Through the same progression by which primitive man eventually stopped wildly convulsing at the sight of fire and learned to use it as a tool, 21st century mankind has learned to adopt a pragmatic acceptance of the Internet. Shopping on the Internet is now just another addition to the previous stages in the evolution of modern commerce, such as the use of paper currency, mail order catalogues, and shopping malls. The investing public's unquestioned embrace of any company with a web site but with no foreseeable prospects for profitability is now extinct. The stock market's future attributes of increased share-price values will be based on such fundamental merits as profit margin and industry market share.

During the Internet sector's previous meltdown phase, the list of failed e-business concepts rapidly emerged. Internet-based healthcare companies, such as (KOOP: Nasdaq), dismally joined the ranks of deflated corporate pipe dreams. Did that company and its shareholders really believe that prostate exams and tetanus shots could be delivered online? In contrast, Southwest Airlines (LUV: NYSE) proved that profit margins and customer loyalty could be expanded by cutting cost and retail prices through an effective web site business outlet. The major original equipment manufacturers, such as Sony (SNE: NYSE), were also able to increase sales and profit margins on the Internet. Yet, of all the e-business concepts that passed the profitability filter, the Internet auction industry holds the greatest potential for future growth.

The advent of the Internet propelled the fragmented business of auctions in North America into a $200 billion annual industry. The traditional structure of an auction unites a discounted product inventory from an often-distressed producer/supplier with a bargain-driven group of consumers. The online addition to this structure multiplied the available product inventory and the potential audience of consumers to infinite levels. With the physical limitations of a conventional auction site virtually dissolved, eBay (EBAY: Nasdaq) and Yahoo (YHOO: Nasdaq) became the two leading online auction houses. Each year since 1998, eBay has held over 8,000 online auctions and has sold over $2 billion in merchandise. The total sales for the online auction industry's calendar year 2000 should be over $28 billion. I agree with the Forrester Research estimate that the annual amount of merchandise to be sold through online auctions will reach $65 billion by 2002.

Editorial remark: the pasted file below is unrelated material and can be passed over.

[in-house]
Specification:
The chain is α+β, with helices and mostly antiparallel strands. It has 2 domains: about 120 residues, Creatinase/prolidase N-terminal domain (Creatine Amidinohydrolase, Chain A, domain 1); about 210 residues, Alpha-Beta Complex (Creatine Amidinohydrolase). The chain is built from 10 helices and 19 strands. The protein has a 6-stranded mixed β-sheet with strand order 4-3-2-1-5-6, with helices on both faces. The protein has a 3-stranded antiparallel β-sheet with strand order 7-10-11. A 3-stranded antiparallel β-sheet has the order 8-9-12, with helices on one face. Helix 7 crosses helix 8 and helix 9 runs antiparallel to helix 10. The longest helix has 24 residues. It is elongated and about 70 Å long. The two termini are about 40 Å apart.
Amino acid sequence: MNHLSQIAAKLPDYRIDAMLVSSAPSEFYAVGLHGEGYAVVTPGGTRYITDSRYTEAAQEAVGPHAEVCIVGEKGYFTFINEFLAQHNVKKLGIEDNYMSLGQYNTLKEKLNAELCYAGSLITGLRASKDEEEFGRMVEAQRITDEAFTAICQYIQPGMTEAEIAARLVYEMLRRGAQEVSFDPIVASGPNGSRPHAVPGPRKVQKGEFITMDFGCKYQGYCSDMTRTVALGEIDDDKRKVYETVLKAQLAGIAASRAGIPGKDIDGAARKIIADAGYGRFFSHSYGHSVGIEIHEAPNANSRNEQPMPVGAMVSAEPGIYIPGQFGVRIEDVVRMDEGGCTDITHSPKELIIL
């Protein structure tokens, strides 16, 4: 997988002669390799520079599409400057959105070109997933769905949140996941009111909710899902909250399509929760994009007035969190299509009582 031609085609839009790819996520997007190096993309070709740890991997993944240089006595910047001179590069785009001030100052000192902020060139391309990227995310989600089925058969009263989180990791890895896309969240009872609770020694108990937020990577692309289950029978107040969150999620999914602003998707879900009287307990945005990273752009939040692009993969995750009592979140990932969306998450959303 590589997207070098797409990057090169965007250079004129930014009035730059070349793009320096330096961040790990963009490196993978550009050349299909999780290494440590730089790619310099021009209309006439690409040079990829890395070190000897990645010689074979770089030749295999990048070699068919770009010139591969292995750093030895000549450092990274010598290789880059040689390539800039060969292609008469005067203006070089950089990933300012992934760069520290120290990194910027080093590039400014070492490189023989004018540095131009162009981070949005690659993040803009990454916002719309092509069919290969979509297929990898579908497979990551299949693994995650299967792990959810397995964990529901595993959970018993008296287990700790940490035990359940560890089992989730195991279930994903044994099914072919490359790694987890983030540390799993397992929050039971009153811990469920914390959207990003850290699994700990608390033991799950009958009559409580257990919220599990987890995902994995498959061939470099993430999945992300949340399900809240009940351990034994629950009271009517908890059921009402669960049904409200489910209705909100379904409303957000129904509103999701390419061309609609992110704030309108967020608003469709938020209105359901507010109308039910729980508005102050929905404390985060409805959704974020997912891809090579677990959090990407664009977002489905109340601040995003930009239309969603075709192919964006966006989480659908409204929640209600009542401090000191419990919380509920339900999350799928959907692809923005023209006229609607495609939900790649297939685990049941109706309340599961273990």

A simply superior business model gives the widest profit margin percentages in its industry. The majority of auction houses, both brick and online versions, position themselves as conduits between the inventory sellers and the bidding buyers. This standard position yields a profit margin between 2% and 5% based on total amount of goods sold. AbleAuctions has been able to increase its average profit margin to just over 50% of sale values by acquiring ownership of the inventory before the auction commences. Because the initial inventory owners are usually in distressed or discount situations, the company's acquisition costs are a small fraction of real market value. AbleAuctions recently acquired Warex Supply and Johnston's Surplus Office Systems. The company plans to auction these inventories into substantial additions to its profit bottom line within this calendar year. Revenues were just over $4.5 million in the first six months of 2000, yet the company's increased acquisition-to-auction pace could multiply its calendar-year revenue total by eight-fold.

While the smoke is still clearing from the drastic implosion of the Internet sector's opening era, I recommend that we start accumulating the quality stock situations while the entire sector is still heavily discounted. My favorite area within this battered sector surrounds the online auction houses. Consider eBay and Yahoo to be your relatively conservative re-accumulation targets. You should compliment your current Internet investment presence with the higher risk/reward ratio of AbleAuctions (AAC: Amex). There are only 19.6 million shares outstanding with a public float of 2.2 million. The shares currently trade near the $4 level, which is an approximate 50% discount from its summer trading range. The company's management has embarked on an aggressive acquisition campaign that is being amply fueled by its high-profit margin auction operations. If this acquisition agenda is completed on schedule within this calendar year, AbleAuction's revenues could expand to 40% of its current market capitalization of $85 million before June 2001. Based on the relative historical record of market valuations of eBAy and Yahoo, an AAC share price of $8 is a conservative target.

Sincerely on the Contrary,

Scott S. Fraser

Editor, The Natural Contrarian


This publication was issued from the desk of Scott S.

Fraser, Editor of The Natural Contrarian: